(left) This ordinary looking wood stove happens to be EPA Phase II approved for low particulate production, and (right) has a dedicated outside air intake, air-tight to the unit, that pulls combustion air from outside rather than the room.

Carbon Monoxide Detection and Source Control

Any combustion appliance: be it a gas or propane furnace, water heater, or fireplace, must be direct-vent, meaning it is sealed from indoor air and has reduced risk of backdrafting issues due to pressurization of the home. Gas or propane cooktops are allowed*, but must have proper exhaust, and carbon monoxide detectors must be installed in every sleeping area. Carbon monoxide is a dangerous bi-product of incomplete combustion, and can be present in any home that uses combustion appliances that are not working properly.  It is odorless, colorless, and 430 people are still killed by carbon monoxide poisoning every year in the US.

*Although homes with gas stoves often have high indoor levels of Nitrogen Dioxide (NO2)another respiratory irritant, an issue that can be improved by range ventilation, but not to the same degree as is accomplished simply by having an electric or induction range instead of a gas one.

Filtration, Dust Protection and Pre-Occupant Ventilation

While we were already incorporating MERV 6 filters into our HVAC system as required by Energy Star, which is able to filter out 35-49% of dust, mole spores, and particulates at 3 to 10 microns, Indoor Air Plus requires an upgrade to MERV 8 filtration, which can filter 70-85% of those pollutants.  As a reminder, since Energy Star requires Manual J, make sure to incorporate the higher filtration into your Manual J to get best airflow. That’s why it’s great to pair these programs together.

Registers must be covered durably during all stages of construction. This is not a common practice among all trades, and requires communication and coordination to ensure they stay in-tact throughout.

Another requirement is to cover ducts during key stages of construction, to keep drywall dust and other pollutants from contaminating a clean duct system right off the bat. This was something our HVAC contractor was doing if the ducts were in the floor, but hadn’t been doing when they were in the ceiling, due to sequencing with drywall installers. We brought them some foam board to cover up the ducts and had to work with the drywall installers (sometimes checking after them) to make sure they didn’t cut the covers. It was new to multiple trades and that required diligent extra supervision, but if we do it on every job, hopefully they’ll get used to it.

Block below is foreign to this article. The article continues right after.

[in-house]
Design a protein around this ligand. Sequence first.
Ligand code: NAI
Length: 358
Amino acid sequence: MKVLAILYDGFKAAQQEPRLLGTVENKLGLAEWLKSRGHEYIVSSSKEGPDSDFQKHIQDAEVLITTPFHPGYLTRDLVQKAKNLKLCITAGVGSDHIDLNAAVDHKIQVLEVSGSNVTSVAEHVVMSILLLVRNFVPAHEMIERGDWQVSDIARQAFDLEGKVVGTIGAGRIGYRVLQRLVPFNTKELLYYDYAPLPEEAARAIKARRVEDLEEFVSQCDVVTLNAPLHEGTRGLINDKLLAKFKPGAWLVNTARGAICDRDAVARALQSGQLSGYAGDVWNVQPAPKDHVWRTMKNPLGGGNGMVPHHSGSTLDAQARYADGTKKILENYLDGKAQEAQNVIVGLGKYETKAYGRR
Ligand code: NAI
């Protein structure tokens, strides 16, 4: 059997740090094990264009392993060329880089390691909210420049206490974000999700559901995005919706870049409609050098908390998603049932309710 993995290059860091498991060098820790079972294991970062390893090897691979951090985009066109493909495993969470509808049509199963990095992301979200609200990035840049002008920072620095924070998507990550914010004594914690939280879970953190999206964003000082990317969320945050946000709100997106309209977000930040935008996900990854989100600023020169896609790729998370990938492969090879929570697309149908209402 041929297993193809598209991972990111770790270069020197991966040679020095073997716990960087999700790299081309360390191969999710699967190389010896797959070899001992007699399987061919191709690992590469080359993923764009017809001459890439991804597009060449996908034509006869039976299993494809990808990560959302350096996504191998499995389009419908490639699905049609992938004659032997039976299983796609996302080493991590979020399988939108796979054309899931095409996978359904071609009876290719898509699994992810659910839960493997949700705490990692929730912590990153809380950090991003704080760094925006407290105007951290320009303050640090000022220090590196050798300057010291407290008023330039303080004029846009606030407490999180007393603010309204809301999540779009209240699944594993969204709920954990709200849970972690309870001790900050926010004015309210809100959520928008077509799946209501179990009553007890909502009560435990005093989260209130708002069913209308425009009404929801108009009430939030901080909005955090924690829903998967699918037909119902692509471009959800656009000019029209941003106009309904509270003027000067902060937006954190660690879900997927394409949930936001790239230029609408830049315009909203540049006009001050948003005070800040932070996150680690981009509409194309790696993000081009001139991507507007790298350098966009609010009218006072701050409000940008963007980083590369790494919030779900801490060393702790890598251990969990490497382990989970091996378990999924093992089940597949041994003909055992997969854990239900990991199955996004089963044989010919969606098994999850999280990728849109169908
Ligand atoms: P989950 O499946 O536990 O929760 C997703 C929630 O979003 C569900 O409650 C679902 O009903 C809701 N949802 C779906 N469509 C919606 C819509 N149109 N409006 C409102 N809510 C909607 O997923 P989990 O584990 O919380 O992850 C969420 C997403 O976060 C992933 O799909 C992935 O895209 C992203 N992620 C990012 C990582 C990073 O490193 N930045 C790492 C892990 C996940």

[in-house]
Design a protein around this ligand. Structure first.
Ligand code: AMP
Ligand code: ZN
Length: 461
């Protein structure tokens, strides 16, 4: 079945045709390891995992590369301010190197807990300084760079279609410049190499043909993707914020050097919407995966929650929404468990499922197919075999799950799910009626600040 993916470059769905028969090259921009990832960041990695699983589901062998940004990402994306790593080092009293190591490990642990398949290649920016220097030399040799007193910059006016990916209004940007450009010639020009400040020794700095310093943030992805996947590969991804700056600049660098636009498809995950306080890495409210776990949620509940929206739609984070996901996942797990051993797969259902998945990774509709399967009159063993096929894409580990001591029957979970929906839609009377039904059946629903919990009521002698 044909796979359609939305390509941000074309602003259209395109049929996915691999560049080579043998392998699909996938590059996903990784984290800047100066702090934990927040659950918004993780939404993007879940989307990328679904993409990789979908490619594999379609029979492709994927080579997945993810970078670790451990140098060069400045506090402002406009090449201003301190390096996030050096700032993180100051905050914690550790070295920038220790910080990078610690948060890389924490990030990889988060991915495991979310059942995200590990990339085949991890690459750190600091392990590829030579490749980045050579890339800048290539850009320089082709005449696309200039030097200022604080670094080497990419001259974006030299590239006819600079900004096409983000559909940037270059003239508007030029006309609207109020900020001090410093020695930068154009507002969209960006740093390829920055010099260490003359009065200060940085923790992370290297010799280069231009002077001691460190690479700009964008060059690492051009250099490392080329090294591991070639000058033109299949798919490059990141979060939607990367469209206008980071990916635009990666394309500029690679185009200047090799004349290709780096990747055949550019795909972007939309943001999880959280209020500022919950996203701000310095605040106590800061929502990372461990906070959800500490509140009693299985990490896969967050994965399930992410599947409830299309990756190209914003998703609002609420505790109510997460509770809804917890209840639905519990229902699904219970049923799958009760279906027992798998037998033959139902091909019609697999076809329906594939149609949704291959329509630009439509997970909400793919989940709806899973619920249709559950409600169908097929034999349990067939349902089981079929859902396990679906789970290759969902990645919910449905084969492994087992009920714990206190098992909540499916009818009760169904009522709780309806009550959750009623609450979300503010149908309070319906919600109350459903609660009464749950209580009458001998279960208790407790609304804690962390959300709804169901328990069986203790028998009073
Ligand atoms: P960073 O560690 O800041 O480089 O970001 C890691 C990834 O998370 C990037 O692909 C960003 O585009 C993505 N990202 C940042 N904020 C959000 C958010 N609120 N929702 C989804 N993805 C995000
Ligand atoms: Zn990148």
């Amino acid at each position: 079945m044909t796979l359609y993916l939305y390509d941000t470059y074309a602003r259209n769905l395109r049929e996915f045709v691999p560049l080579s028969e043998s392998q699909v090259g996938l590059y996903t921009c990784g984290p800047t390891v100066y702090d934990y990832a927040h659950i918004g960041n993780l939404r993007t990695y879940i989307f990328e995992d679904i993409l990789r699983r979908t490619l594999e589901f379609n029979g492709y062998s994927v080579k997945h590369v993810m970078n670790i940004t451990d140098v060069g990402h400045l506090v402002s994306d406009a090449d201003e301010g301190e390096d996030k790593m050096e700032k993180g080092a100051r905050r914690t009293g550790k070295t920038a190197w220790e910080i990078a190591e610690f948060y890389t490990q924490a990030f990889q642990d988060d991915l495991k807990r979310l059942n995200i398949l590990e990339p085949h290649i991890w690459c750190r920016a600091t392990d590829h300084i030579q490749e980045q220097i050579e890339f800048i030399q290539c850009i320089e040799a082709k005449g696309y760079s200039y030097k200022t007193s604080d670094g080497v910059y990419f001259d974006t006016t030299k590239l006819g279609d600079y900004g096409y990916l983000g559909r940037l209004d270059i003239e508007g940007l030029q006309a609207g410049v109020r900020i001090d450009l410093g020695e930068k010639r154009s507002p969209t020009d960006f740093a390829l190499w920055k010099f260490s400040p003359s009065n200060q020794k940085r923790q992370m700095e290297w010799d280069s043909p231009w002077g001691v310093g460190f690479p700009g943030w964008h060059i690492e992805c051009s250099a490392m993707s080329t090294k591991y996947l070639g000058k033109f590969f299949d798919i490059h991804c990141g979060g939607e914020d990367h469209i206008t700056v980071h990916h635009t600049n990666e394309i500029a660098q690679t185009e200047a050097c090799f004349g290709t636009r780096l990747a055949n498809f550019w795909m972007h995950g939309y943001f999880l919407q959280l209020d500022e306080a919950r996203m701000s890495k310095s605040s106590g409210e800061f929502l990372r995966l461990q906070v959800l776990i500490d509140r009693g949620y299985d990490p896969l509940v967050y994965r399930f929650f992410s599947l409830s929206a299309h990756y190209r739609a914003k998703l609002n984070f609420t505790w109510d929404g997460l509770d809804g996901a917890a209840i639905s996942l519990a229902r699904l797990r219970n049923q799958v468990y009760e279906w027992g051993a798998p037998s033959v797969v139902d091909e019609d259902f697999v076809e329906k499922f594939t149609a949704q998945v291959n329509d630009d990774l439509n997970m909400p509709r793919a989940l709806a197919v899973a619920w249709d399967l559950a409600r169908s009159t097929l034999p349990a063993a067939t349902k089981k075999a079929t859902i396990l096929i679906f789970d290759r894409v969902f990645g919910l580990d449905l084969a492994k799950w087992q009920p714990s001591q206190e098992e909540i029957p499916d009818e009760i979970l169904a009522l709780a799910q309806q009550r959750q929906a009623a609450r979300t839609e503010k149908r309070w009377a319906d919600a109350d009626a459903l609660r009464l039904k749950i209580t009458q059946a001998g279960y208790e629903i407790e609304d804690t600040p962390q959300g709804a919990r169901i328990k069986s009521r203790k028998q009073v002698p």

Lastly, no matter how good you are at source control, some residential moisture, dust, are VOCs are inevitable in a typical construction project.  In the case of VOCs, their volatile nature means that most of their off gassing occurs early in the product’s life, with emissions dropping drastically over time.  For this reason, IAP requires a “pre-occupant flush”—a period of 48 hours prior to client move in with the ventilation system set to run on high. While the end of construction is usually a busy time since the client is, quite understandably, gunning to move in ASAP, this extra step is still required.

Details, Details, Details

Much of Indoor Air Plus certification is about keeping track of the tiny details, material selections, and building practices. For builders, the biggest challenge is likely to be finding documentation of the specs of any random product before someone on the jobsite goes out shopping for a one-off material.  For homeowners, the challenge is also most likely to lie in the selections process, finding products that can prove they are certified and sticking to those—and letting go of products they want to use but that don’t meet the standards.

Since most indoor air quality problems are invisible, and some can be quite serious, having all of these third party guidelines is a great way to protect everyone from harm, relying on the research and guidance of organizations that have studied these problems in detail.

And maybe think twice before installing that wood stove.

Leigha Dickens is Green Building and Sustainability Manger at Deltec Homes.